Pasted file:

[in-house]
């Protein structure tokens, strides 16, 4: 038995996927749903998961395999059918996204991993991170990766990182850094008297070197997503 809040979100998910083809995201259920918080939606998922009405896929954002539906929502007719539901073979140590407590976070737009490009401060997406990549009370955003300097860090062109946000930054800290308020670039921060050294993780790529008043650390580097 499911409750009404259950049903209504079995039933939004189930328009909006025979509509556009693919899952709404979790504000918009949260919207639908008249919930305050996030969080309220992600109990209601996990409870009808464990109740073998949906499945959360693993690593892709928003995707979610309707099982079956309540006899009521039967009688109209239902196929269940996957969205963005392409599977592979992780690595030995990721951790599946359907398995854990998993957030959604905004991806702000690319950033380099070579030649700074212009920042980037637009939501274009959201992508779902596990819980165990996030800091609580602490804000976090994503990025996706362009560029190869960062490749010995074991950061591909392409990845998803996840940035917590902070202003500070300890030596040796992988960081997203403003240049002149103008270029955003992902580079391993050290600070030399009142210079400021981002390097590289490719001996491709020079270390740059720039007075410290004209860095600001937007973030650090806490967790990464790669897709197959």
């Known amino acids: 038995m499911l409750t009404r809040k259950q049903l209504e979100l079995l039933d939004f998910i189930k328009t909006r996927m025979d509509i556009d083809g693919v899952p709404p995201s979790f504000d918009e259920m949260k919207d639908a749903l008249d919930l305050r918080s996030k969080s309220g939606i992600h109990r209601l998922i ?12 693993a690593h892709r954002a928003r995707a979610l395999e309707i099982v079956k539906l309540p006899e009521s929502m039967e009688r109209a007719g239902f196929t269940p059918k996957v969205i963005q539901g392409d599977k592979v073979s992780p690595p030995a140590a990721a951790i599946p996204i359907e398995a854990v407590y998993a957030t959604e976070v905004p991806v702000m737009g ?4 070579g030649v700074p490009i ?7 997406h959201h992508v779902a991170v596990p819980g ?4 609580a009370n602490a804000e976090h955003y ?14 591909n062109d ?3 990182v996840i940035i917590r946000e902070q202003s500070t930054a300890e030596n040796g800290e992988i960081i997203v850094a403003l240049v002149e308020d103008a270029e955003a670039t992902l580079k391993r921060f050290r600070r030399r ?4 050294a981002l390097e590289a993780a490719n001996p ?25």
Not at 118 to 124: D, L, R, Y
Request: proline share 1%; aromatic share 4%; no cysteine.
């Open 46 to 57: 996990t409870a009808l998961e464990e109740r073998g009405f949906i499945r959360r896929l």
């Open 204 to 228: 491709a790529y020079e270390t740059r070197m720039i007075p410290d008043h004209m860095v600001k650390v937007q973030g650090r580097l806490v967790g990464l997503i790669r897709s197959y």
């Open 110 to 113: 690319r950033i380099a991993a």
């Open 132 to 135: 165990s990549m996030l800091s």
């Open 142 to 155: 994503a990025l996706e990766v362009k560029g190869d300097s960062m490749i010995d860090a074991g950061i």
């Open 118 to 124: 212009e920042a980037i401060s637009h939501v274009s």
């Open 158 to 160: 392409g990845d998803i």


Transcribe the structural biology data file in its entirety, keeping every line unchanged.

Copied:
[in-house]
């Protein structure tokens, strides 16, 4: 038995996927749903998961395999059918996204991993991170990766990182850094008297070197997503 809040979100998910083809995201259920918080939606998922009405896929954002539906929502007719539901073979140590407590976070737009490009401060997406990549009370955003300097860090062109946000930054800290308020670039921060050294993780790529008043650390580097 499911409750009404259950049903209504079995039933939004189930328009909006025979509509556009693919899952709404979790504000918009949260919207639908008249919930305050996030969080309220992600109990209601996990409870009808464990109740073998949906499945959360693993690593892709928003995707979610309707099982079956309540006899009521039967009688109209239902196929269940996957969205963005392409599977592979992780690595030995990721951790599946359907398995854990998993957030959604905004991806702000690319950033380099070579030649700074212009920042980037637009939501274009959201992508779902596990819980165990996030800091609580602490804000976090994503990025996706362009560029190869960062490749010995074991950061591909392409990845998803996840940035917590902070202003500070300890030596040796992988960081997203403003240049002149103008270029955003992902580079391993050290600070030399009142210079400021981002390097590289490719001996491709020079270390740059720039007075410290004209860095600001937007973030650090806490967790990464790669897709197959």
């Known amino acids: 038995m499911l409750t009404r809040k259950q049903l209504e979100l079995l039933d939004f998910i189930k328009t909006r996927m025979d509509i556009d083809g693919v899952p709404p995201s979790f504000d918009e259920m949260k919207d639908a749903l008249d919930l305050r918080s996030k969080s309220g939606i992600h109990r209601l998922i ?12 693993a690593h892709r954002a928003r995707a979610l395999e309707i099982v079956k539906l309540p006899e009521s929502m039967e009688r109209a007719g239902f196929t269940p059918k996957v969205i963005q539901g392409d599977k592979v073979s992780p690595p030995a140590a990721a951790i599946p996204i359907e398995a854990v407590y998993a957030t959604e976070v905004p991806v702000m737009g ?4 070579g030649v700074p490009i ?7 997406h959201h992508v779902a991170v596990p819980g ?4 609580a009370n602490a804000e976090h955003y ?14 591909n062109d ?3 990182v996840i940035i917590r946000e902070q202003s500070t930054a300890e030596n040796g800290e992988i960081i997203v850094a403003l240049v002149e308020d103008a270029e955003a670039t992902l580079k391993r921060f050290r600070r030399r ?4 050294a981002l390097e590289a993780a490719n001996p ?25």
Not at 118 to 124: D, L, R, Y
Request: proline share 1%; aromatic share 4%; no cysteine.
């Open 46 to 57: 996990t409870a009808l998961e464990e109740r073998g009405f949906i499945r959360r896929l």
């Open 204 to 228: 491709a790529y020079e270390t740059r070197m720039i007075p410290d008043h004209m860095v600001k650390v937007q973030g650090r580097l806490v967790g990464l997503i790669r897709s197959y």
């Open 110 to 113: 690319r950033i380099a991993a």
């Open 132 to 135: 165990s990549m996030l800091s």
């Open 142 to 155: 994503a990025l996706e990766v362009k560029g190869d300097s960062m490749i010995d860090a074991g950061i």
């Open 118 to 124: 212009e920042a980037i401060s637009h939501v274009s």
């Open 158 to 160: 392409g990845d998803i």